The Savannah District Water Managers are excited about the drought plan update.
The main element proposed in the current Draft Environmental Assessment (EA) is to determine our water releases from the three-reservoir system during drought based on inflow and pool elevation. The current drought management strategy uses pool elevation as the only drought criteria that designates how much the Corps should release from the reservoirs.
While it’s easy to understand the pool elevation trigger, it does not get initiated until the pools have already fallen to specified trigger levels. We are going to be using the 28-day average flow at the U.S. Geological Survey (USGS) gage on the Broad River at Bell, Ga., as the index site for the inflow-based trigger. The Broad River is an unregulated drainage basin with 1,430 square miles above the gage site.
The Broad River ultimately flows into the Thurmond reservoir downstream of Richard B. Russell Dam. The current drought plan does not require a flow reduction until the pools have fallen to the next drought trigger level.
In the past, the Corps has tended to transition to the next lower drought state as forecasts changed. In the future, inflows will help us make that decision.
Here’s how we—the water managers—see the EA working:
Every Wednesday, as we prepare the water release declaration, the average flow at the Broad River gage for the previous 28 days will be compared to the 28-day average flow, at that same gage, for that same day of the year, for the previous 50+ years of record.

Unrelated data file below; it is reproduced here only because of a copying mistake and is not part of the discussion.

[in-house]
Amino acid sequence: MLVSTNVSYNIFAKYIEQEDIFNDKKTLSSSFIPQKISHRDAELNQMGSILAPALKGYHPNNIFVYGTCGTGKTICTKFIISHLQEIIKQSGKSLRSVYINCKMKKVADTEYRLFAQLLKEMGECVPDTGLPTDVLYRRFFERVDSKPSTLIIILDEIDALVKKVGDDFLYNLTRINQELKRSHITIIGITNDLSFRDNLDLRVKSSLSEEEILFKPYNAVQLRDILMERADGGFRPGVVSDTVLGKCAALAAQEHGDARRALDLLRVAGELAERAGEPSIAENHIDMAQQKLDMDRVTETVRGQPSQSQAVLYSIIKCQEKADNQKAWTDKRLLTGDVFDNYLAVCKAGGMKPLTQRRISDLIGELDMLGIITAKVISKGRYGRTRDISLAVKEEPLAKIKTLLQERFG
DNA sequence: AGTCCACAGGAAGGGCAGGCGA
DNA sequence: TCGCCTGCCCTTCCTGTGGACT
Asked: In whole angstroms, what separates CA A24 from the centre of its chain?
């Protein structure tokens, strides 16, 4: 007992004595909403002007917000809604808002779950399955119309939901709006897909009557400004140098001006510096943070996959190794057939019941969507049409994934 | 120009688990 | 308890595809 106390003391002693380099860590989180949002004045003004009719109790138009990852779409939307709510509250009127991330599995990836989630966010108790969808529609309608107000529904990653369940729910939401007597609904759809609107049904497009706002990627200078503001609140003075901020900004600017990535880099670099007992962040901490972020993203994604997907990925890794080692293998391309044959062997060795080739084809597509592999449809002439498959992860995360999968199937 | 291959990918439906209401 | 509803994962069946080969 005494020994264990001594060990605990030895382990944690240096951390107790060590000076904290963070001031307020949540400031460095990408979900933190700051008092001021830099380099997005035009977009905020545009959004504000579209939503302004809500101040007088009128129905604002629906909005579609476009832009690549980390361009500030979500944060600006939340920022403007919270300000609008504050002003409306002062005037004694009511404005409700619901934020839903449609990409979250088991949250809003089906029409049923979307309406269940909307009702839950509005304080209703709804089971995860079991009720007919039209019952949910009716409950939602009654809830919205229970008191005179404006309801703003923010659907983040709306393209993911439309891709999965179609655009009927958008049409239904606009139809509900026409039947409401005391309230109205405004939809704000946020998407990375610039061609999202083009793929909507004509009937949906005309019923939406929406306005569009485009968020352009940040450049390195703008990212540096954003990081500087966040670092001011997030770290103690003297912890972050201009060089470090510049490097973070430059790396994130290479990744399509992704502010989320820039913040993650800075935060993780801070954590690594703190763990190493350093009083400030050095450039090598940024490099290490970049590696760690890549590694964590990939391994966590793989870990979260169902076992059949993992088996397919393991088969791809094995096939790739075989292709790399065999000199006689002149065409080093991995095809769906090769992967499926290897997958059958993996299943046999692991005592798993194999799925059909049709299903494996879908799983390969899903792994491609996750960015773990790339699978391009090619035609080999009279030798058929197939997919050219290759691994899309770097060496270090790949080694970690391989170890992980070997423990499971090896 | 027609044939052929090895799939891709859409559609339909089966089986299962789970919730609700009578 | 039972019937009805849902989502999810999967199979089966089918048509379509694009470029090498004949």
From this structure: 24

When the current 28-day average is less than the 10 percent of all the years, we would transition flows to the next lower drought level flow. The USGS uses 10 percent as the breaking point between dry and drought. More information on the concept can be found on the USGS Water Watch website.
Here’s a simplified breakdown of our current Drought Contingency Plan compared to the proposed EA update:
The current drought trigger levels and maximum release rates in the Corps’ Drought Contingency Plan are:
Level 1 Trigger – Thurmond elevation reaches 326 ft-msl – Outflows reduced to 4,200 cfs max
Level 2 Trigger – Thurmond elevation reaches 324 ft-msl – Outflows reduced to 4,000 cfs max
Level 3 Trigger – Thurmond elevation reaches 316 ft-msl – Outflows reduced to 3,800 cfs max
Under the proposed interim drought plan EA, if river inflows at the Broad River gage reach a 28-day average of less than or equal to 10 percent of the average historical flow rate, outflows at Thurmond will be further reduced to the following:
Level 1 – Outflows reduced from 4,200 cfs to 4,000 cfs
Level 2 – Outflows reduced from 4,000 cfs to 3,800 cfs
Level 3 – Outflows reduced from 3,800 cfs to 3,600 cfs
The EA also adds new features for wintertime low flow windows. If in Drought Level 2, the Corps will reduce flows to 3,600 cfs between Nov. 1 and Jan. 31. If in Level 3, we will further reduce flows to 3,100 cfs between Nov. 1 and Jan. 31.
While all of these features will help conserve water, they will not end a drought. However, the plan would help store additional water in the reservoirs earlier in drought.
For daily updates on water management in the Savannah River Basin, visit our water management webpage. To learn more about the multiple users of the Savannah River, watch the Corps’ 8-minute video clip “Balancing the Basin.”